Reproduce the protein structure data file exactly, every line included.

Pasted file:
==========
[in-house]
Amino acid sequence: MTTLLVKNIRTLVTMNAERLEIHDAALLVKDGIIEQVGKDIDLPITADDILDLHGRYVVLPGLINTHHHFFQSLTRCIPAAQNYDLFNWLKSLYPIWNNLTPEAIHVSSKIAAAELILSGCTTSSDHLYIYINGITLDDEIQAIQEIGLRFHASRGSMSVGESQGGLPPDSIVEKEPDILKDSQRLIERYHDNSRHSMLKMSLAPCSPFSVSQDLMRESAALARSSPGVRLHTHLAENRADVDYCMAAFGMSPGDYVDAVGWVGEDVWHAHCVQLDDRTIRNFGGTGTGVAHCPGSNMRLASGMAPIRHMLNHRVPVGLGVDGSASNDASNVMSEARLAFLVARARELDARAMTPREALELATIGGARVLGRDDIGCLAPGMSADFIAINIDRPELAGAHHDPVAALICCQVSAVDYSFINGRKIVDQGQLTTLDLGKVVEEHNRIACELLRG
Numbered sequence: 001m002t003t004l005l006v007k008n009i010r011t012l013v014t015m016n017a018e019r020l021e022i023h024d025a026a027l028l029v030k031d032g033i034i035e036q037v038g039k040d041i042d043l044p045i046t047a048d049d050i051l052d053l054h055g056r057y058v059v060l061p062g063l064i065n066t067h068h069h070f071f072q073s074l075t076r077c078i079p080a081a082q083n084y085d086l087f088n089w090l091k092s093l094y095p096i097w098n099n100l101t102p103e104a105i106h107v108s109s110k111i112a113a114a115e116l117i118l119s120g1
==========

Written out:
[in-house]
Amino acid sequence: MTTLLVKNIRTLVTMNAERLEIHDAALLVKDGIIEQVGKDIDLPITADDILDLHGRYVVLPGLINTHHHFFQSLTRCIPAAQNYDLFNWLKSLYPIWNNLTPEAIHVSSKIAAAELILSGCTTSSDHLYIYINGITLDDEIQAIQEIGLRFHASRGSMSVGESQGGLPPDSIVEKEPDILKDSQRLIERYHDNSRHSMLKMSLAPCSPFSVSQDLMRESAALARSSPGVRLHTHLAENRADVDYCMAAFGMSPGDYVDAVGWVGEDVWHAHCVQLDDRTIRNFGGTGTGVAHCPGSNMRLASGMAPIRHMLNHRVPVGLGVDGSASNDASNVMSEARLAFLVARARELDARAMTPREALELATIGGARVLGRDDIGCLAPGMSADFIAINIDRPELAGAHHDPVAALICCQVSAVDYSFINGRKIVDQGQLTTLDLGKVVEEHNRIACELLRG
Numbered sequence: 001m002t003t004l005l006v007k008n009i010r011t012l013v014t015m016n017a018e019r020l021e022i023h024d025a026a027l028l029v030k031d032g033i034i035e036q037v038g039k040d041i042d043l044p045i046t047a048d049d050i051l052d053l054h055g056r057y058v059v060l061p062g063l064i065n066t067h068h069h070f071f072q073s074l075t076r077c078i079p080a081a082q083n084y085d086l087f088n089w090l091k092s093l094y095p096i097w098n099n100l101t102p103e104a105i106h107v108s109s110k111i112a113a114a115e116l117i118l119s120g1